• Binding – Success in meeting a binding module's requirements returns success immediately to the application if no previous required modules have failed. If these conditions are met, then no further execution of modules occurs. Failure causes a required failure to be recorded and the processing of modules to be continued.

  • Include – Adds lines from a separate PAM configuration file to be used at this point in the PAM stack. This flag does not control success or failure behaviors. When a new file is read, the PAM include stack is incremented. When the stack check in the new file finishes, the include stack value is decremented. When the end of a file is reached and the PAM include stack is 0, then the stack processing ends. The maximum number for the PAM include stack is 32.

  • Optional – Success in meeting an optional module's requirements is not necessary for using the service. Failure causes an optional failure to be recorded.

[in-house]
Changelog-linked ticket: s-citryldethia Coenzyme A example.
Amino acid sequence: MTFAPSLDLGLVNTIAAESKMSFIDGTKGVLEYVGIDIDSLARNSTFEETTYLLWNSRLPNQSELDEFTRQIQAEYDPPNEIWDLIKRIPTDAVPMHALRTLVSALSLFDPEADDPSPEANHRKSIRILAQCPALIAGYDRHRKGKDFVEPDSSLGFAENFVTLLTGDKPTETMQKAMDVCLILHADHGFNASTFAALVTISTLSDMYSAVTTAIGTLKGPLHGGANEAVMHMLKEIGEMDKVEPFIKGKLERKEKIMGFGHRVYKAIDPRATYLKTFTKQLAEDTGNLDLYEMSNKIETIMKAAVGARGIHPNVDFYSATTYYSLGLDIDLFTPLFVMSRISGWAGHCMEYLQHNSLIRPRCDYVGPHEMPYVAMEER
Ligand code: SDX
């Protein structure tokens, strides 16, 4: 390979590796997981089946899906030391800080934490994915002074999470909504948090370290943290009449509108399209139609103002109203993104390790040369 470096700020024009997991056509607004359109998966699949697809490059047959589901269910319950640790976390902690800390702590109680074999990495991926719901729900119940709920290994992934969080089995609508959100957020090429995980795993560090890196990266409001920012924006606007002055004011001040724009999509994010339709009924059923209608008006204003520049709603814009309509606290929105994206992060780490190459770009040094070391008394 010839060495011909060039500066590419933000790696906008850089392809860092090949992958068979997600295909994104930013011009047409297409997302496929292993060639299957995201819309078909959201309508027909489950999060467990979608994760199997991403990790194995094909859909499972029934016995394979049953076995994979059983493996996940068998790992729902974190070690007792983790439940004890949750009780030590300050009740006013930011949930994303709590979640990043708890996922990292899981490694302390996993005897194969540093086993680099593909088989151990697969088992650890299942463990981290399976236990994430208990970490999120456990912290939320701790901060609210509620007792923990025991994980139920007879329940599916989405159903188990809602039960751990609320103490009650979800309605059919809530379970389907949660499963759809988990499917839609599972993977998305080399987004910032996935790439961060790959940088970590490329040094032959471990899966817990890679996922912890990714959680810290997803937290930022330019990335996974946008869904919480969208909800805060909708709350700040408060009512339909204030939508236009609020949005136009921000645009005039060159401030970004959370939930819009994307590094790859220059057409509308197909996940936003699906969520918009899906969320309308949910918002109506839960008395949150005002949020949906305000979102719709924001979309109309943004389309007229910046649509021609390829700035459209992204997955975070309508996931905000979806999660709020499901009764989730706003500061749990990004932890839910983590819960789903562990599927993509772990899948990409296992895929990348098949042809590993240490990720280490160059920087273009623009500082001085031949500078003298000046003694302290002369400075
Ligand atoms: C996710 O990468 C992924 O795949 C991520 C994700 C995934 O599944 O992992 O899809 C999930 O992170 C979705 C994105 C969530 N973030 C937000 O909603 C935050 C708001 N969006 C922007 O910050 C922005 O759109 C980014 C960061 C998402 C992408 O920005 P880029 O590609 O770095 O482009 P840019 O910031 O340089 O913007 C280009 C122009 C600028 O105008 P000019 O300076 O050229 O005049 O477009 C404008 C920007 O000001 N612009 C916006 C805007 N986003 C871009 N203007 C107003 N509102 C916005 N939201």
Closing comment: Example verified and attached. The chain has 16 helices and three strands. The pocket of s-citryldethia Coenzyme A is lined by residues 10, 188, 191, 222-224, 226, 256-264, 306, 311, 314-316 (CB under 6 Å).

• Required – Success in meeting a required module's requirements is necessary for using the service. Failure results in an error return after the remaining modules for this service have been executed. Final success for the service is returned only if no binding or required modules have reported failures.

  • Requisite – Success in meeting a requisite module's requirements is necessary for using the service. Failure results in an immediate error return with no further execution of modules. All requisite modules for a service must return success for the function to be able to return success to the application.

  • Sufficient – If no previous required failures have occurred, success in a sufficient module returns success to the application immediately with no further execution of modules. Failure causes an optional failure to be recorded.

The following two diagrams shows how access is determined in the integration process. The first diagram indicates how success or failure is recorded for each type of control flag. The second diagram shows how the integrated value is determined.